Get to Know Katelynn Eckles
Originally planning to go to college in California, CU Denver alum and faculty member Katelynn Eckles discovered the beauty of CAM via LYNX camp.Nov 9, 2022
Katelynn Eckles ’20, MSRA ‘22 is a CU Denver alum and instructor in the College of Arts & Media’s Music & Entertainment Industry Studies (MEIS) department. Eckles grew up just south of Denver and has called Colorado home her whole life. Although she was originally planning to go to college in California, Eckles attended LYNX camp after graduating high school and fell in love with CU Denver’s music program. Earning a dual emphasis degree in Music Business and Recording Arts set Eckles up for success as she pursued a master of science degree in Recording Arts. She appreciates “the welcoming community” of MEIS and the focus the curriculum has on the current state of the music industry. Eckles began student-teaching while she was completing her graduate degree, assisting with the Concert Promotion and Venue Management courses. In spring 2022, she started teaching the Audio Production I, II, and III courses as a faculty member. When CU Denver isn’t keeping her busy, Eckles works as the Business Operations Manager at Levitt Pavilion Denver. During her non-work hours, she can be found spending time in nature, tap dancing, creating art, practicing mindfulness, and spending time with friends, family, and her two cats.
- What excites you about working in the music industry?
The most exciting aspect of working in the music industry for me is being around the energy that comes from live performance and art. There is something special about live music that I haven’t found replicated in any other industry; it really does bring people together and help take everyone’s mind off the craziness of our world. I also love the aspect of organizing such a creative field. Being able to bring together the logistics and planning for such an all-over-the-place industry brings me a lot of joy.
Recording arts is synonymous with audio engineering and has a huge science and engineering aspect to the art form. Audio engineering is the skill of using technology to accurately capture and shape musical works and other audio formats. Audio engineers must understand the science behind sound waves, frequency, microphones, gear, and music theory and use that knowledge to capture a song through a recording and effectively mix the tracks. This requires knowing which types of microphones and which placements will best capture each instrument in each song and knowing how to use equipment such as equalizers and compressors to fine tune the frequency and dynamics of each track and the song a whole. Recording arts also expands into other areas, such as live sound for concerts, sound design for movies/TV and video games, and radio broadcasting.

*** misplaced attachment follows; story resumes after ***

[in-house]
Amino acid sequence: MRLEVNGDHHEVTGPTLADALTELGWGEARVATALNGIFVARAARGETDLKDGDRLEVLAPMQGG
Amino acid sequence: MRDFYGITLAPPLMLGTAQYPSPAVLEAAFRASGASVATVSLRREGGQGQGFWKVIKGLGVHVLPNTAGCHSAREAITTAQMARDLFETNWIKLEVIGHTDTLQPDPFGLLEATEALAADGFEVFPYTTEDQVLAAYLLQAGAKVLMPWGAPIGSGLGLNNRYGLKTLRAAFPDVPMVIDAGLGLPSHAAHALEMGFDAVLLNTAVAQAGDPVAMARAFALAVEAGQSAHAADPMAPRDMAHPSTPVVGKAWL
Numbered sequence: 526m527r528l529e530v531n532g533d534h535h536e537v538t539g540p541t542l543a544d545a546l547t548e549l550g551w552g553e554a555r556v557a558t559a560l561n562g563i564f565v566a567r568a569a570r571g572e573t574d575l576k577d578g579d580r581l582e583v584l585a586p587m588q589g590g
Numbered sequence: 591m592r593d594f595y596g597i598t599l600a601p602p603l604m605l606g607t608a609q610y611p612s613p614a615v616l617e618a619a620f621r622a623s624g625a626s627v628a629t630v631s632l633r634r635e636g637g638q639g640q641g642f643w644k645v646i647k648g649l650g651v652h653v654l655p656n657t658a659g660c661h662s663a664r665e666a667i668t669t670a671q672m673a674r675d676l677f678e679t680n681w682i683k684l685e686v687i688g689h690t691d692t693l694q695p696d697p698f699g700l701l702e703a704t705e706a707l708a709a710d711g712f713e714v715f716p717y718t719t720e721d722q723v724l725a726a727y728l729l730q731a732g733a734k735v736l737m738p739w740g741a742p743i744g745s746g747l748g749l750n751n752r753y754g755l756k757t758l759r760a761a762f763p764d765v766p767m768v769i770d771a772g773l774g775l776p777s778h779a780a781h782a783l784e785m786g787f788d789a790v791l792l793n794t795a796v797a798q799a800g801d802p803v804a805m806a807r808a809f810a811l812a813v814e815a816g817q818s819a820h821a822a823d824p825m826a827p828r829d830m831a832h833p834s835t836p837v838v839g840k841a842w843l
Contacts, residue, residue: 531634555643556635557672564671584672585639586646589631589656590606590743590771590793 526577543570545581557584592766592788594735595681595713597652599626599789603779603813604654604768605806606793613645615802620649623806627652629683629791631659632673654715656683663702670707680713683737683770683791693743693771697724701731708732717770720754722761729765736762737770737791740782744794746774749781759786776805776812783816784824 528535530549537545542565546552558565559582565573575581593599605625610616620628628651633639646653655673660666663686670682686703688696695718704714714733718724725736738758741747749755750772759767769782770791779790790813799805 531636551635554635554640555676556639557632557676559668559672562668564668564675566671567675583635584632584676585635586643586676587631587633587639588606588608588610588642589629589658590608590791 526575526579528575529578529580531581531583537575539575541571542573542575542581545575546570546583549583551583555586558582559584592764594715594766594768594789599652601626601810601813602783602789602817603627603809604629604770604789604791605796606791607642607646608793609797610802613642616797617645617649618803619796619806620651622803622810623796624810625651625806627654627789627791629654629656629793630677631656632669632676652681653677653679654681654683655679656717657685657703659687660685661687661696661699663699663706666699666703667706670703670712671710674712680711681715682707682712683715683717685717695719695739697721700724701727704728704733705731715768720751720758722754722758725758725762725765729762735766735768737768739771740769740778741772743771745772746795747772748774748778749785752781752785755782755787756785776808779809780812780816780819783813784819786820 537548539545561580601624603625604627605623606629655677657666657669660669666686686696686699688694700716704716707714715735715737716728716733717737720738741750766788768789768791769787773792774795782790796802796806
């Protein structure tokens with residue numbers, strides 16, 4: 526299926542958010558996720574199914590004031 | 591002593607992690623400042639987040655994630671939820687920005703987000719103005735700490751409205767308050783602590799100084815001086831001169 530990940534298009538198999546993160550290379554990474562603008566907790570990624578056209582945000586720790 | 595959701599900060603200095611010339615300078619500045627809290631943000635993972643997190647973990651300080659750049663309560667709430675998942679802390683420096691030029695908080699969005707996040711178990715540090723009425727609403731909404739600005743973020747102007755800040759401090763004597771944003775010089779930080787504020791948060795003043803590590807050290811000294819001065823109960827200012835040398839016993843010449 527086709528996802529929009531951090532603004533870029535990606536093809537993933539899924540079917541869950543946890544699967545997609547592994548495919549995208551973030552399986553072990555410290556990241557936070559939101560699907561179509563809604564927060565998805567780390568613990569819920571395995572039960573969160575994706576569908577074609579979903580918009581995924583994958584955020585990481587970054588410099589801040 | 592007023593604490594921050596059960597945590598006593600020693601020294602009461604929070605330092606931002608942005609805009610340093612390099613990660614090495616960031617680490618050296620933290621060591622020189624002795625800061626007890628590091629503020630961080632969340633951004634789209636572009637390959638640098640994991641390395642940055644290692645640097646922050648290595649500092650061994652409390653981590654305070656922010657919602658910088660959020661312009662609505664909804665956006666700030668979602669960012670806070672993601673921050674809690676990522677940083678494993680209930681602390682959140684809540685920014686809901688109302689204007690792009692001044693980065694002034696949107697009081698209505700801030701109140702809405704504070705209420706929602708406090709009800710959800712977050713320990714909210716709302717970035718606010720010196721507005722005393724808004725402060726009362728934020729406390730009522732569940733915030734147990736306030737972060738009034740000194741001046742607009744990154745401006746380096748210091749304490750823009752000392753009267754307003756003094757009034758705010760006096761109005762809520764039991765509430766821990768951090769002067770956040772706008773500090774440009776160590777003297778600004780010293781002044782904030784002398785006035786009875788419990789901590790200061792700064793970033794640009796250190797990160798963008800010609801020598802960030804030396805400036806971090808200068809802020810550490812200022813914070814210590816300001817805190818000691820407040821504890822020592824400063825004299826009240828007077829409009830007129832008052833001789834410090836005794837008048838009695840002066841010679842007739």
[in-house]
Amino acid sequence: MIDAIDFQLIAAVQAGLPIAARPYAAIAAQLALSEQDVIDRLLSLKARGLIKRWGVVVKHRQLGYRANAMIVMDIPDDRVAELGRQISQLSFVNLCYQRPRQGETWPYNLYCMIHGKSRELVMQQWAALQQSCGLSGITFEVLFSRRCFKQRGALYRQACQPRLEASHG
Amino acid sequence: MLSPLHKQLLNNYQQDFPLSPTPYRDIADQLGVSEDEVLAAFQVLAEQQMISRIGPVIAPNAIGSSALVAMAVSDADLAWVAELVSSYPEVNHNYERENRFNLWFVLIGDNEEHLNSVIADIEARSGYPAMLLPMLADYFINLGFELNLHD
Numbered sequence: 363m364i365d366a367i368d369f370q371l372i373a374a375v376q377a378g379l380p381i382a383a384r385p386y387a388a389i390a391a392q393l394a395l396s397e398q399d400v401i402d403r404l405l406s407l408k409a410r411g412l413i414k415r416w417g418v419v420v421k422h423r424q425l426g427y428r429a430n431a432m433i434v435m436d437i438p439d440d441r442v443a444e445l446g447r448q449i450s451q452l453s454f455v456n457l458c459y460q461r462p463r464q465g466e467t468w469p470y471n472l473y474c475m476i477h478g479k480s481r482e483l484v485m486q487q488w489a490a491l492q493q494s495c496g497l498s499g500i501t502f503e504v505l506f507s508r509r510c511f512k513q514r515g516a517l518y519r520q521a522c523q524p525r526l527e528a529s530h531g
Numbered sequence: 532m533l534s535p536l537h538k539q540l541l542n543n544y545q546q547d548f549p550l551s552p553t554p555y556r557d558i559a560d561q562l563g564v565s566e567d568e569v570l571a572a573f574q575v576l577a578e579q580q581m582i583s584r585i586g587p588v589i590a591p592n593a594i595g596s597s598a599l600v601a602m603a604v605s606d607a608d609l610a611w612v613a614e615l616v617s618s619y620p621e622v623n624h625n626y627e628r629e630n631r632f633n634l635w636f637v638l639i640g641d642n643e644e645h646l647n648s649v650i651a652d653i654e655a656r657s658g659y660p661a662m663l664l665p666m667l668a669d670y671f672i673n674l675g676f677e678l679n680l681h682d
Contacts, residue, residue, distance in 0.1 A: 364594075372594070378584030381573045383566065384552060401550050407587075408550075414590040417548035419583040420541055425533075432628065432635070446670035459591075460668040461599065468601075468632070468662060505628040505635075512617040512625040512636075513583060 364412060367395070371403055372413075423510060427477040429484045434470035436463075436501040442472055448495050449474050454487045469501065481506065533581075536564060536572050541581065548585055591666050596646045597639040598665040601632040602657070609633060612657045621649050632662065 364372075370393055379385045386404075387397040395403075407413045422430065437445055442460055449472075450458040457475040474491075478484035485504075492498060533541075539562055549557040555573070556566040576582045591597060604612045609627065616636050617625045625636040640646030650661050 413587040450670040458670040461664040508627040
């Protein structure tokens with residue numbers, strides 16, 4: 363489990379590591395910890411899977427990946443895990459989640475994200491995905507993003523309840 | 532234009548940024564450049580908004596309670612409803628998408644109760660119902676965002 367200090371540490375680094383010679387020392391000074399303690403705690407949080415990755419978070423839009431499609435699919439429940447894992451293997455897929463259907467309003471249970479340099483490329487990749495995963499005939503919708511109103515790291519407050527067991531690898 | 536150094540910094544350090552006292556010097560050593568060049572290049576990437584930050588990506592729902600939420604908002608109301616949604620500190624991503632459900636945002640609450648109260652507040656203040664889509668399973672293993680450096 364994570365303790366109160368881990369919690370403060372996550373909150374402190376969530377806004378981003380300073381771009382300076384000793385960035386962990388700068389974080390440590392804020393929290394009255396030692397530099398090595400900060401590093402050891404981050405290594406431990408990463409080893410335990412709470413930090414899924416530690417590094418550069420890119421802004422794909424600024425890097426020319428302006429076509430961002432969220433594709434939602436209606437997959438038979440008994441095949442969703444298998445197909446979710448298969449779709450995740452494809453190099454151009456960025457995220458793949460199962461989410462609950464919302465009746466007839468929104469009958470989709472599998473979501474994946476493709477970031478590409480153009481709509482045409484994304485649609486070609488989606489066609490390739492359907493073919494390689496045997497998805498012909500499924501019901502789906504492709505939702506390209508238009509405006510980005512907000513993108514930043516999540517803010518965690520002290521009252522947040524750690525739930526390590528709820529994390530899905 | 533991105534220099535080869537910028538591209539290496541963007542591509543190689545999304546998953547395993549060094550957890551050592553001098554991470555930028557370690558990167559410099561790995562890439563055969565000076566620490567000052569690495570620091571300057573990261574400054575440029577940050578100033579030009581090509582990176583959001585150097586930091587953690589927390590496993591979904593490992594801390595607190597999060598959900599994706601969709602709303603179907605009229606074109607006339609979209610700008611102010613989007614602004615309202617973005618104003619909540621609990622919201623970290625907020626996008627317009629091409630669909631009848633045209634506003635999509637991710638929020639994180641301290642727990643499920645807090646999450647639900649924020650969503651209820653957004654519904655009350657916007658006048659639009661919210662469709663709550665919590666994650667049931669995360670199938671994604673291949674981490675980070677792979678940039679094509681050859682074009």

The two years I spent researching and writing my thesis for my Master of Science in Recording Arts were focused on microphones, microphone placements, and frequency analysis. I conducted experiments and wrote my thesis around the best microphone types and placements to capture tap dance as a percussive instrument. There was virtually no academic research published in this area before, so it turned into a much larger project than I originally intended because I had to start from ground zero and conduct the initial research and experimentation myself. I conducted a multitude of microphone experiments on myself as the tap dancer and presented them to a panel for voting. I also ran an in-depth frequency analysis of tap to discover what the fundamental frequencies of tap dance are and selected microphones that would theoretically best capture these frequencies.
- What is a career goal you have and what are you doing to work toward it?
My top three passions in my career are venue management, teaching, and performing. Ideally, I would love to incorporate all three of these into my career and work across different areas of the entertainment industry. I’m heading into my third year at Levitt Pavilion and hope to continue growing there and potentially own a venue myself one day. I hope to continue teaching music-industry based courses at the university level and work towards that by creating the most engaging and supportive curriculum I can for my students that gets them involved in the industry. I also hope to continue developing my tap performance and hope to one day perform a whole set as the tap dancer in a band.
- When you were a student, how did your professors in MEIS stoke your interest in recording arts?
The professors I had during my time as a student in MEIS really encouraged me to find my own passions and build upon those. By developing skills that I both enjoyed and excelled at, it became easy to engage in the topic. We were also given great hands-on experience, projects, and networking opportunities that lead to great development in the area.
- How do you find ways to be creative in your role as Business Operations Manager at Levitt Pavilion?
I find ways to be creative in that role by spending time brainstorming unique ways to ensure each show and the concert season as a whole run smoothly. I also spend a lot of time designing intricate spreadsheets and actually get a lot of creative fulfillment out of the combination of design, aesthetics, and functionality of my spreadsheets. Finally, the team I work with is a group of creatives that are also all involved in their own music/art projects, and I enjoy hearing about, supporting, and contributing to their creative endeavors as well.